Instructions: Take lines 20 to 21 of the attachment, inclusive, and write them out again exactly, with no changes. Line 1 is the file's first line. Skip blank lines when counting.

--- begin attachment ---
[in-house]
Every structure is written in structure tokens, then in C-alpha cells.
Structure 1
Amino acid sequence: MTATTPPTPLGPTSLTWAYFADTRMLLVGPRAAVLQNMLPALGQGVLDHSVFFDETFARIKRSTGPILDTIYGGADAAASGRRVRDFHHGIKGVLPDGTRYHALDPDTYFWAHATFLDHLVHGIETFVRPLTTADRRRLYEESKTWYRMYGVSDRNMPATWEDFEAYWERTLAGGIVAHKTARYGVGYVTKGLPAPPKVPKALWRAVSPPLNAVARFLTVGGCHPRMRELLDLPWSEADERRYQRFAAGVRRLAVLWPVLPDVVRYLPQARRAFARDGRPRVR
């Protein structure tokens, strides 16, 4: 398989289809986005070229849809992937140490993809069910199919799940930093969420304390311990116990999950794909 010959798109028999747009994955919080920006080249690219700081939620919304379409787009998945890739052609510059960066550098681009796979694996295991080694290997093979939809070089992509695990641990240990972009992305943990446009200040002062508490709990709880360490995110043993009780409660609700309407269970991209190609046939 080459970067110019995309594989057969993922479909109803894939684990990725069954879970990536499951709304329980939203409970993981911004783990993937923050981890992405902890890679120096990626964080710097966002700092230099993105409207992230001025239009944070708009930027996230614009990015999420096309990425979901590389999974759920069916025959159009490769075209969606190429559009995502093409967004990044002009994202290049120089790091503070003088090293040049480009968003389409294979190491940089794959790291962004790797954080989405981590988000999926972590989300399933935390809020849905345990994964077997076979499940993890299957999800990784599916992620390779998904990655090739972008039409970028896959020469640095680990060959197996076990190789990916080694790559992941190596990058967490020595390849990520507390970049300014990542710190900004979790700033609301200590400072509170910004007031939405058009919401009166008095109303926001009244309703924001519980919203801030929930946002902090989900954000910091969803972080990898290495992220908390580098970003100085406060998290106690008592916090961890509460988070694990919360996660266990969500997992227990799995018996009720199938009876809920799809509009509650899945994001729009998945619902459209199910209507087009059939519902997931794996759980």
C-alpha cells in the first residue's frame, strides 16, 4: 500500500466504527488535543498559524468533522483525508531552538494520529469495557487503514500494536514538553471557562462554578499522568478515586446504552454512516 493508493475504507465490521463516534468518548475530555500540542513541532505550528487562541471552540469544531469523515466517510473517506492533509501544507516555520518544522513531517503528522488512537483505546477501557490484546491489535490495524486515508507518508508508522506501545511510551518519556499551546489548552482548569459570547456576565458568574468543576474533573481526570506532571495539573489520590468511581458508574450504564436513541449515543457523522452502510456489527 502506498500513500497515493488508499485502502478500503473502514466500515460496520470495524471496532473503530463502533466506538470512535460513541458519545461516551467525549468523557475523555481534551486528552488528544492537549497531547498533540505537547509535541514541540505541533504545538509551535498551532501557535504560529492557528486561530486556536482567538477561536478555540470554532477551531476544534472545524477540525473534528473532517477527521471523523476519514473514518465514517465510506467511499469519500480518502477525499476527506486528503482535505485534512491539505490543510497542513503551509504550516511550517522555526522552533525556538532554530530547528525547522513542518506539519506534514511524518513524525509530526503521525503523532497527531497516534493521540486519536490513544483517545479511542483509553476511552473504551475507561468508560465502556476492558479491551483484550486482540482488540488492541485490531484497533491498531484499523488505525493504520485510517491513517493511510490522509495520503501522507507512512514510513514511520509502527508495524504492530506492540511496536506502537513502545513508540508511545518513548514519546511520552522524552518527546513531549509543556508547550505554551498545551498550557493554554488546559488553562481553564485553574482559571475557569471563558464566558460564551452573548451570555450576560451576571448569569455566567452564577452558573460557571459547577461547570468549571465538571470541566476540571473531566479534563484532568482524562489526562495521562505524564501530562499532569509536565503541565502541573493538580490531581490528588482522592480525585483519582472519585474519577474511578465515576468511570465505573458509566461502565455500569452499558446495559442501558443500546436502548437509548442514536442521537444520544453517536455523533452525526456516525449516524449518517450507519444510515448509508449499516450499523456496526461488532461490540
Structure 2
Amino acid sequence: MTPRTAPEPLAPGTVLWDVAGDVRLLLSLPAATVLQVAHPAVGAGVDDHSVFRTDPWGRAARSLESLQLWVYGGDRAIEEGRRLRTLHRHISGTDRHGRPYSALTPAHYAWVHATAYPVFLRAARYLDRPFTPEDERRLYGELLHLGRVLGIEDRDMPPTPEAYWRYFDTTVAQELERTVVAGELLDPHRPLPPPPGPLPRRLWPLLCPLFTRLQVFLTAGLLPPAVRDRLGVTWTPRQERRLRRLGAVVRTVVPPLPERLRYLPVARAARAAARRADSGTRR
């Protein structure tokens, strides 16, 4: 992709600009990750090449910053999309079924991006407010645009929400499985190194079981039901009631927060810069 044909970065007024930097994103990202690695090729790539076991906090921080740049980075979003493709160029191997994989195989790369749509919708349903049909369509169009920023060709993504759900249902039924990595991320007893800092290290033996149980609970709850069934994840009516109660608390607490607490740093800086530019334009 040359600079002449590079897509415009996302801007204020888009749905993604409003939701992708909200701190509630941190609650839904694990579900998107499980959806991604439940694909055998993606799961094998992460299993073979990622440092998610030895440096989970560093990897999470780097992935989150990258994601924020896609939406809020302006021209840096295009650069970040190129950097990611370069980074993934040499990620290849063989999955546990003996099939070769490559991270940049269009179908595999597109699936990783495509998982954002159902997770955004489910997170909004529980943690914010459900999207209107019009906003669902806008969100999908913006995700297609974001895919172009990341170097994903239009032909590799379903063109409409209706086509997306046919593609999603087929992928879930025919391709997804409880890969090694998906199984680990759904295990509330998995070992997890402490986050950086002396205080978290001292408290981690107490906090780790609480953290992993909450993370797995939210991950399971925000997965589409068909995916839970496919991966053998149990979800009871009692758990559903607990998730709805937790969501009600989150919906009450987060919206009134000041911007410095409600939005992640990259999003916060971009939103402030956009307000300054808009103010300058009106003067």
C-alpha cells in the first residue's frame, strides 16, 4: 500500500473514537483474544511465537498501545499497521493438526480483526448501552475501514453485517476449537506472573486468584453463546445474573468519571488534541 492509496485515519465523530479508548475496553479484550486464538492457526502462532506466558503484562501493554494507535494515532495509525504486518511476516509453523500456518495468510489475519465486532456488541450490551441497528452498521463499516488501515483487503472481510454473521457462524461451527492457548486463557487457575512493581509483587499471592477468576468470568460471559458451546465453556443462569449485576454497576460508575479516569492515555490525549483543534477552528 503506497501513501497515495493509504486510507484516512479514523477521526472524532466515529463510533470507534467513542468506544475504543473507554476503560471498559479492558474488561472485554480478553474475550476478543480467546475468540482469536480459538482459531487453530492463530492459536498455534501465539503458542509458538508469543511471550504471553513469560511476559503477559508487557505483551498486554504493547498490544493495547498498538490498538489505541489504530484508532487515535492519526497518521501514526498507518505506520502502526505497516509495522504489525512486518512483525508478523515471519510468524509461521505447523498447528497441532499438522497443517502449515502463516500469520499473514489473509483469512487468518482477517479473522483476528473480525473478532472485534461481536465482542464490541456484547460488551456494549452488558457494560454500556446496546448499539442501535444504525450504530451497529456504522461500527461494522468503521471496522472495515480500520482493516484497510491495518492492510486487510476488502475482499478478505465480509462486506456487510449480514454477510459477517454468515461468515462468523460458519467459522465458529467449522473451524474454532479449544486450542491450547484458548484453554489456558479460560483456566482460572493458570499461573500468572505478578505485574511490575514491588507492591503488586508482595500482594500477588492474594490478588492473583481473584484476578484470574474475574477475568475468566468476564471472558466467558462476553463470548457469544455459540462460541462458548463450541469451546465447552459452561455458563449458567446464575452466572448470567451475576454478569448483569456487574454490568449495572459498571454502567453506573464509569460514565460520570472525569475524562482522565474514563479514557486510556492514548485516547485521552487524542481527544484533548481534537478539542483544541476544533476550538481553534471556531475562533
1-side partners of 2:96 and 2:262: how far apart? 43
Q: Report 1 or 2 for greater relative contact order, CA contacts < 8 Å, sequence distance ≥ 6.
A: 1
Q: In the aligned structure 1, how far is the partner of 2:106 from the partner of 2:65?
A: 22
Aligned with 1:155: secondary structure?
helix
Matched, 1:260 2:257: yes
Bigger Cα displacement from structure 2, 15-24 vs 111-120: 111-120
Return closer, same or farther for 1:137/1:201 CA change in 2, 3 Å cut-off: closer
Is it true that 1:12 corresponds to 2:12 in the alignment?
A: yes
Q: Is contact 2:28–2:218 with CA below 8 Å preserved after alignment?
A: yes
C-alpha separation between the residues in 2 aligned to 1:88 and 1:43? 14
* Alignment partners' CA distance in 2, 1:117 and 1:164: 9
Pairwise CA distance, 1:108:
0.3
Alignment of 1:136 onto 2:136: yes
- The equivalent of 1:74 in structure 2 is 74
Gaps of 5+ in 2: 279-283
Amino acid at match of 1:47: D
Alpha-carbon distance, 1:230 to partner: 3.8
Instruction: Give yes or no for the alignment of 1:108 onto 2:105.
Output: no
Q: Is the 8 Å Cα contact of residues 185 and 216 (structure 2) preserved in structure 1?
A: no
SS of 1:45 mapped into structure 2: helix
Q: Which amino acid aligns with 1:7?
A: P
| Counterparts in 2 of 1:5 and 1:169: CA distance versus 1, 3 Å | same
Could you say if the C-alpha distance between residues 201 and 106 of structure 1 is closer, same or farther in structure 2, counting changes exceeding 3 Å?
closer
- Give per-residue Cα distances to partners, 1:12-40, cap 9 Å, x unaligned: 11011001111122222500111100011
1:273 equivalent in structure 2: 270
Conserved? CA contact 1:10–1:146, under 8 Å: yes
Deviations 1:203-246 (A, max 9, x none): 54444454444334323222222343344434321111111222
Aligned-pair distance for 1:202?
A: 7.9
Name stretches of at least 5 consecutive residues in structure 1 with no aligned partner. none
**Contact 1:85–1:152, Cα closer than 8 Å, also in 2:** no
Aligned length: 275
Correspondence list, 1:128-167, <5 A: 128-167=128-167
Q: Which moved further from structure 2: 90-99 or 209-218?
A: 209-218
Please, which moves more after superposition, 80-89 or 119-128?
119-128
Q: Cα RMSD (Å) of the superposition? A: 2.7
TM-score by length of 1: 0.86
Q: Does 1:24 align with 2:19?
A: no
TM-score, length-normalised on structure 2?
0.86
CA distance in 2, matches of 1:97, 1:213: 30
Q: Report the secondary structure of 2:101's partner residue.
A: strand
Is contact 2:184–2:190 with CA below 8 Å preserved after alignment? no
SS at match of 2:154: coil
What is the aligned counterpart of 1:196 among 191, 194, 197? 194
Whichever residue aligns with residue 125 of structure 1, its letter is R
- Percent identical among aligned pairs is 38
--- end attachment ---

Return closer, same or farther for 1:137/1:201 CA change in 2, 3 Å cut-off: closer
Is it true that 1:12 corresponds to 2:12 in the alignment?